Here is how typical person is thinking:
#2 may be rejected immediately. #1, #2, #3 contain words we use in java every day but #4 is longer, so the right answer is 4.

And this is wrong. true, false and null are not keywords. They are literals (see here). So, #1 and #4 contain only 2 java keywords. What happens with #3? Everyone knows that goto is not supported by java as well as constant values are defined using keyword final. The third word in the list strictfp looks strange at all. However all these words are legal java keywords:

  1. goto and const are reserved but not used (see here).
  2. strictfp was added in java 1.2 (!). It restricts floating point calculations to ensure portability.

Thursday, April 19, 2012

Initiate current Spring profile from custom properties file

Recently released Spring 3.1 has a very useful new feature named profile. Shortly speaking we can now say that certain bean of group of beans will be deployed only for current profiles or environments. This feature is perfectly explained here.

There is a very simple way to define current profile(s): just specify system property "" with -D command line switch:

You can even specify several profiles, e.g.,oracle

(that probably means that your application is running in production mode and uses to Oracle DB).

You can also set the current profile programmatically:

ctx.getEnvironment().setActiveProfiles("production", "oracle");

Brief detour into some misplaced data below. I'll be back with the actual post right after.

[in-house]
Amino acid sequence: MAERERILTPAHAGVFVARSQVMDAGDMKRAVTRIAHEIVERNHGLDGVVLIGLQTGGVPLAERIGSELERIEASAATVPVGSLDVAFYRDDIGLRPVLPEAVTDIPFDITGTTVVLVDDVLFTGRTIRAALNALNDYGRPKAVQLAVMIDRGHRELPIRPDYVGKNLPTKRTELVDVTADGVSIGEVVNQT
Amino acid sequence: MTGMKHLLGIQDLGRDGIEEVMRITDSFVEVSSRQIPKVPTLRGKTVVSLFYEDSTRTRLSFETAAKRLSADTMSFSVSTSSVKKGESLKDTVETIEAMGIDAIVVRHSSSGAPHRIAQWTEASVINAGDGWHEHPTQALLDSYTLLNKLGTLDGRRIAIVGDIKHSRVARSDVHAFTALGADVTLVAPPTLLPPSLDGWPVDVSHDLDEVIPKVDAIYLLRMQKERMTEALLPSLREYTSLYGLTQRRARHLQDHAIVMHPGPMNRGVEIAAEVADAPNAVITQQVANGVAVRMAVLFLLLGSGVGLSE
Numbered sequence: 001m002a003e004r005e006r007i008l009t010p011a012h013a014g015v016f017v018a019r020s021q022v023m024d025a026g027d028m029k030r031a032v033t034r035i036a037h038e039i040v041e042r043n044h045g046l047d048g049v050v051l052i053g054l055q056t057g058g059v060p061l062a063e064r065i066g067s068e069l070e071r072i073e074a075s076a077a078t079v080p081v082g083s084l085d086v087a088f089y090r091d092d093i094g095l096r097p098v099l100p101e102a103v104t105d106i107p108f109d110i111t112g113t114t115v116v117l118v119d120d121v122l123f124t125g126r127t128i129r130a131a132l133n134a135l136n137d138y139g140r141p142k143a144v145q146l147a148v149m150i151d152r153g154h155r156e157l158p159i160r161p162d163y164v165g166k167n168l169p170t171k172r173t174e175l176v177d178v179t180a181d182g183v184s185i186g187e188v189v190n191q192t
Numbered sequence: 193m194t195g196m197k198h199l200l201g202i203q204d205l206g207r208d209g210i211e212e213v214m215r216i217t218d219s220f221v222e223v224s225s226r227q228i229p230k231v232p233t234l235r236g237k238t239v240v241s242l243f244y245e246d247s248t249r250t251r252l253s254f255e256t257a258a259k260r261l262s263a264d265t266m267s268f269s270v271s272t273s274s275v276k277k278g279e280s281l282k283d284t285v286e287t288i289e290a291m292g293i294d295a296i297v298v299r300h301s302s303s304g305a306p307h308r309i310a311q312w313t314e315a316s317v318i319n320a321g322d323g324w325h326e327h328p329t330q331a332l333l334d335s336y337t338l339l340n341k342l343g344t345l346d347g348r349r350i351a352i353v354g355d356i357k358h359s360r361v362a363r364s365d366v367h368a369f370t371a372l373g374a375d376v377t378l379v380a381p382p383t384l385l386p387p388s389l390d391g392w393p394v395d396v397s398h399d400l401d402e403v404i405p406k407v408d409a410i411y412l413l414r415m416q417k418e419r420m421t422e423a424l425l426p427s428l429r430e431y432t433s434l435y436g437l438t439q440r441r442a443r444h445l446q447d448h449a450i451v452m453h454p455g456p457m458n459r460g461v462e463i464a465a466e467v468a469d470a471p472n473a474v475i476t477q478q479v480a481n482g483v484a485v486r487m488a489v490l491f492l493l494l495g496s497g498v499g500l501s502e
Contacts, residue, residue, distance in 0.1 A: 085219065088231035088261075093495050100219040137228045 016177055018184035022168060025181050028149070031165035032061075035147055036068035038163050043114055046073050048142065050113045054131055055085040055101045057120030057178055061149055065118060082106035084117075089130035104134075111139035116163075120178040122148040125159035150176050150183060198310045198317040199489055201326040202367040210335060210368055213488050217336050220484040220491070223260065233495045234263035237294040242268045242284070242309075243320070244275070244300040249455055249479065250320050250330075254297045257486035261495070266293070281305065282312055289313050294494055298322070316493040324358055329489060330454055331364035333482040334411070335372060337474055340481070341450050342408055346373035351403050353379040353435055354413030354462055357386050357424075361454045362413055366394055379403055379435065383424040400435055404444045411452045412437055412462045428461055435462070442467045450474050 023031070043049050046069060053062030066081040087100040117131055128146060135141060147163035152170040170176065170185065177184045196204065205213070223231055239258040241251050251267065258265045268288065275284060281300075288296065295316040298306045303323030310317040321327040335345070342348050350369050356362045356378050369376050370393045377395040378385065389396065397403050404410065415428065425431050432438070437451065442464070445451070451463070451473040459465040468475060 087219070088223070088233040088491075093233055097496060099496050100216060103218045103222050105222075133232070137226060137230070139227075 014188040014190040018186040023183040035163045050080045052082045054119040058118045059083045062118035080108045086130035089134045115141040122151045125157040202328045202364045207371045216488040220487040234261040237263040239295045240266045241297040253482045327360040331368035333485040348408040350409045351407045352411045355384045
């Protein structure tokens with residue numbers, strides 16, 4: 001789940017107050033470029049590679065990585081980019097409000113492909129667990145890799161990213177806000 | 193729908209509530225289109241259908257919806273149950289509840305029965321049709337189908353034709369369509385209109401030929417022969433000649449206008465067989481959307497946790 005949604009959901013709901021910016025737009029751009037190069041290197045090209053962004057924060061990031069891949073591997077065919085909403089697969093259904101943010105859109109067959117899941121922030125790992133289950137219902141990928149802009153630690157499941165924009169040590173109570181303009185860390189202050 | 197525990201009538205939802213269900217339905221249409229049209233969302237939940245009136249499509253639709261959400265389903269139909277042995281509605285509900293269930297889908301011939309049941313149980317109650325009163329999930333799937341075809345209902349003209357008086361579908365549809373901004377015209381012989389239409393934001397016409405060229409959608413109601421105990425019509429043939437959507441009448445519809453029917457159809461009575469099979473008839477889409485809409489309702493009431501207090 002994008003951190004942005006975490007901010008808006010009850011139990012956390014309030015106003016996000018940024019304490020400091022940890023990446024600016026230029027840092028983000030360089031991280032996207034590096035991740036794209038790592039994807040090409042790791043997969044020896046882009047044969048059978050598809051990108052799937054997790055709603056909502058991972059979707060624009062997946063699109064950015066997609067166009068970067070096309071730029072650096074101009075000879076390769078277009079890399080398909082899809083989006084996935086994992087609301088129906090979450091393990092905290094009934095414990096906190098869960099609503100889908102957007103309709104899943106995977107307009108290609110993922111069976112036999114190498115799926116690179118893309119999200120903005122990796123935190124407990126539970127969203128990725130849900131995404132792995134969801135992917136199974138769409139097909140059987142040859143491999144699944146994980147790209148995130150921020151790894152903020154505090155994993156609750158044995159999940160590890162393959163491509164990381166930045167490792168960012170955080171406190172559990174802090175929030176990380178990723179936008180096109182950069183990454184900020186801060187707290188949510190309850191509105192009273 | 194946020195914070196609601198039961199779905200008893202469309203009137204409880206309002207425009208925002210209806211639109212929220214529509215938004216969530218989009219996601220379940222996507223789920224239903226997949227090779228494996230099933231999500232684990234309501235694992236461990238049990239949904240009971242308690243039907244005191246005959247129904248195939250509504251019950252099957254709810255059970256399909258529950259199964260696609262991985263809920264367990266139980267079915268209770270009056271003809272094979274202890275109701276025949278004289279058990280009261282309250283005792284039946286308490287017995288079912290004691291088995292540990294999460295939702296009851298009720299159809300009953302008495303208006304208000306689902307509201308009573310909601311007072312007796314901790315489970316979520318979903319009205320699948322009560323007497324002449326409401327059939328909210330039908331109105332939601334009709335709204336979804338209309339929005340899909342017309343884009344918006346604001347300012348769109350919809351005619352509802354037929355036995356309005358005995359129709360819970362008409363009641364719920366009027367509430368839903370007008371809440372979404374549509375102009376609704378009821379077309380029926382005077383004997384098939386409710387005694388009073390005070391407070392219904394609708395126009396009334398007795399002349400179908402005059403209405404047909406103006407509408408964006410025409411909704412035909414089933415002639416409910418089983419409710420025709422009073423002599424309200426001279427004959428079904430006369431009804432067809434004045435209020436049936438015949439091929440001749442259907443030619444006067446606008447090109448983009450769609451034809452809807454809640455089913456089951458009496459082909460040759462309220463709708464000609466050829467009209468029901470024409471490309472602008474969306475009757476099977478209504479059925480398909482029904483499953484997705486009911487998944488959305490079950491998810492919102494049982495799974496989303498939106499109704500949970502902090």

or using configuration file:

    new ResourcePropertySource(conf)

(where ctx is of type ConfigurableEnvironment.)

The question is only where to write this code when you using starting Spring in web environment? You can define bean that implements ApplicationContextAware interface. The setApplicationContext method declared by this interface is called by container when bean is being initialized. The problem is that this is too late. When this method is called the current profile has been already initialized.

Better way is described here.

We have to define our custom ApplicationContextInitializer and configure it using special  context parameter contextInitializerClasses using web.xml:


Here is how the code of ProfilesInitializer.initialize() looks like.

public void initialize(ConfigurableApplicationContext ctx) {
    try {
        String profilesSysProp = System.getProperty("");
if (profilesSysProp != null) {
String panpwrConfDir = System.getProperty(PANPWR_CONF_PROP);
String confFile = System.getProperty(CONF_PROP);
            new ResourcePropertySource(confFile));
      } catch (IOException e) {
        throw new RuntimeException(e);

This simple solution allows initializing of profile using the same configuration file where all other custom parameters are stored. The profile defined in custom file can still be overridden using system property spring.profiles.activeThis is done by if statement that checks whether the property exists.


Profiles is a very useful feature of Spring 3.1. This post shows how to initiate profile using custom properties file.